Ma’alahi: Use of a Simplified Language to Test a Linguistic Hypothesis

Jeffrey R. Brown received a BS in Mathematics from Yale University and an MS from University of St. Thomas. He has held jobs too diverse for his professional life to be reasonably called a career—unless “unpublished novelist” can be considered a job title—though when making small talk he usually says he works as an engineer. He speaks about a half-dozen natural languages with varying degrees of incompetence, and has created Temenia, Sim-Arabic and Maʻalahi. He has been a member of the Language Construction Society since 2009. The work in the current article follows from his belief that conlanging is more than art; it is also a science.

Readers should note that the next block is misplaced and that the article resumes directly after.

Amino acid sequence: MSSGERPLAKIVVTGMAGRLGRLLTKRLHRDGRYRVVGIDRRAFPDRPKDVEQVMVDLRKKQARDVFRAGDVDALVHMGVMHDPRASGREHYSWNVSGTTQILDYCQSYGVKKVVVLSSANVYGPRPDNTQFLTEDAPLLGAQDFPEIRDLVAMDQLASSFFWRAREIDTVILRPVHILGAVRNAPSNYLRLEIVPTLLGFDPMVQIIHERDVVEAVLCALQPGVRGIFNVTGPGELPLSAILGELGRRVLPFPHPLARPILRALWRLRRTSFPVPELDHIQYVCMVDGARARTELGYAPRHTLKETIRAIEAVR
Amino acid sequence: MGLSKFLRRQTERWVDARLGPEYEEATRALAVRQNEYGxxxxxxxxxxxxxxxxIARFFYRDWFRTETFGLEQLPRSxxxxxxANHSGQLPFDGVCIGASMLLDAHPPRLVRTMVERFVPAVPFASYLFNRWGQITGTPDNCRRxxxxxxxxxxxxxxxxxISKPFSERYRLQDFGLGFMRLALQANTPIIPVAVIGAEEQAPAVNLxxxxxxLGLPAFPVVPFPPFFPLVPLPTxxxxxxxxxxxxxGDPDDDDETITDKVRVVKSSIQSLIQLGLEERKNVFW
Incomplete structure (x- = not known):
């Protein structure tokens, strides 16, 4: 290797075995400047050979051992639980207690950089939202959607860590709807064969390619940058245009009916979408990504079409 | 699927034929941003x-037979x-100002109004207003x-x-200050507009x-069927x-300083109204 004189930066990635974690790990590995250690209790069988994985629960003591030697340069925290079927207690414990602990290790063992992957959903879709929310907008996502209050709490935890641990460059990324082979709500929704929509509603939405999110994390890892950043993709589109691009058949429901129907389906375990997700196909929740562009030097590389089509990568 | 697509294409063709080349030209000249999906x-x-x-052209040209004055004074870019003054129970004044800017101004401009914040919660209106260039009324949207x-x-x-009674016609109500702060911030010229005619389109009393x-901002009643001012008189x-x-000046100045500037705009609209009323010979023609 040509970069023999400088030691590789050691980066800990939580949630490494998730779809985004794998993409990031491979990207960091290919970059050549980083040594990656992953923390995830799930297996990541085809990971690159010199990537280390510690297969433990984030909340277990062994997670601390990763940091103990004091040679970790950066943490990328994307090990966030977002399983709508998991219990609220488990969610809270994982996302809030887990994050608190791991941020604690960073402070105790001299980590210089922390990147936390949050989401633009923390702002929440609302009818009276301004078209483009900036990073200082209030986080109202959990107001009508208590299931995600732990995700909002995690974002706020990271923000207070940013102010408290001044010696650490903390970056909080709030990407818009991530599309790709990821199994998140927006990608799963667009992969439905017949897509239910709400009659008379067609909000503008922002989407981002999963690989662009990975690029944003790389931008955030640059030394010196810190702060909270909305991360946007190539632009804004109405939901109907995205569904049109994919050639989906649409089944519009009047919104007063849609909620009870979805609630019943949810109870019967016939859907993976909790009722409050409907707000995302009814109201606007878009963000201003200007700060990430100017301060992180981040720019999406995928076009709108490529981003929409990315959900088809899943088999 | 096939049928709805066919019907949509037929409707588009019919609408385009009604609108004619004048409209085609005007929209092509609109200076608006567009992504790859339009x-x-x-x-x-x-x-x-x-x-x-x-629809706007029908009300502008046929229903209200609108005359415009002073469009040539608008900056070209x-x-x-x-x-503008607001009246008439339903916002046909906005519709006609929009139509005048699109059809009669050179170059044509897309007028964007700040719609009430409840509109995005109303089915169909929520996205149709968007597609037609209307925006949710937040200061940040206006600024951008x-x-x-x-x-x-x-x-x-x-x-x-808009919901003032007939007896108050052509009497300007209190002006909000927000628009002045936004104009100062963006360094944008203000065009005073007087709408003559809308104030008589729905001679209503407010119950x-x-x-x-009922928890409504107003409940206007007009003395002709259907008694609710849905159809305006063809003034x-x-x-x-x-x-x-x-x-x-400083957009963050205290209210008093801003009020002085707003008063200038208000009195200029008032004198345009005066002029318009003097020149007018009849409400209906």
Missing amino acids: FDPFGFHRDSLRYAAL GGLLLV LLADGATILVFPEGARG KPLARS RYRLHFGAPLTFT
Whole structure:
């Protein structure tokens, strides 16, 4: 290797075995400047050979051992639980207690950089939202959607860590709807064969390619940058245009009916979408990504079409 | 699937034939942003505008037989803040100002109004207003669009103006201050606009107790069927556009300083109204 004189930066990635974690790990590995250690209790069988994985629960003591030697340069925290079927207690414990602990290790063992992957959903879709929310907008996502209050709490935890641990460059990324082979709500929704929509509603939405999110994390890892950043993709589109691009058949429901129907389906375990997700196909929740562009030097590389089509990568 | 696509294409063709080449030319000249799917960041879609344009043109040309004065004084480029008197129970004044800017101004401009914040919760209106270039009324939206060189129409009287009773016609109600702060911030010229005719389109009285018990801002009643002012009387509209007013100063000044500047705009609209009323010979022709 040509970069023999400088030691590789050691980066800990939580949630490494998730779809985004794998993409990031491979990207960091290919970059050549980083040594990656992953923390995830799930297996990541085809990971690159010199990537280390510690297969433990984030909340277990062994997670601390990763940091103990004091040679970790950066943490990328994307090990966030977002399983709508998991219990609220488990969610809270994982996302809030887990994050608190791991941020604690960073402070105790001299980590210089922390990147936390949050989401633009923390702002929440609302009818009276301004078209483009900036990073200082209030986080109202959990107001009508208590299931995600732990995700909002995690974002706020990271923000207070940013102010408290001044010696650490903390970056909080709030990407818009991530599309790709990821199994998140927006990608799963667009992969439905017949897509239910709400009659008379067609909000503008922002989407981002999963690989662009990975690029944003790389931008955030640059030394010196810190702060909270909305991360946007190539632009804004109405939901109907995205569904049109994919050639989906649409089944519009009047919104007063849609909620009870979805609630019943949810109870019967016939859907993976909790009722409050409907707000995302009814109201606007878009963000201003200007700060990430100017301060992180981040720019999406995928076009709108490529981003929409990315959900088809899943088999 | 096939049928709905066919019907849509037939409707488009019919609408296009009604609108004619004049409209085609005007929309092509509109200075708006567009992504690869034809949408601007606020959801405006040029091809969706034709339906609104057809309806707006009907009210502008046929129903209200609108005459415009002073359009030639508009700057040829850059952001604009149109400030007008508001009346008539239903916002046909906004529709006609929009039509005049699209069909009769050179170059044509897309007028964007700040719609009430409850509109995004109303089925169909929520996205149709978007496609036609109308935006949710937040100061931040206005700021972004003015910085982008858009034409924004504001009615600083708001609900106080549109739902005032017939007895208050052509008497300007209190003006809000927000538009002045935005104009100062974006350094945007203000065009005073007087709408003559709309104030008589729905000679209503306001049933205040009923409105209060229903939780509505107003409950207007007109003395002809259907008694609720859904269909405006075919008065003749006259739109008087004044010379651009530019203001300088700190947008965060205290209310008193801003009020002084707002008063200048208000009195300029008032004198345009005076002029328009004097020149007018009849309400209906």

Abstract

Ma’alahi is a constructed language derived from a single source language, Hawaiian, with a ruthlessly simplified Polynesian grammar. This makes it an appropriate candidate for investigating hypotheses about the ease of L2 language acquisition. An exploratory study was performed to determine whether grammatical features or external factors (social or personal) are more significantly correlated with perceived ease of learning and correct performance on translation tasks. Only external factors were shown to be significantly correlated.

Version History

Creative Commons License
This work is licensed under a Creative Commons Attribution-NonCommercial-NoDerivs 3.0 Unported License.

Posted in Analysis, Conlang Descriptions, Essays, Experiments. Tags: . Comments Off »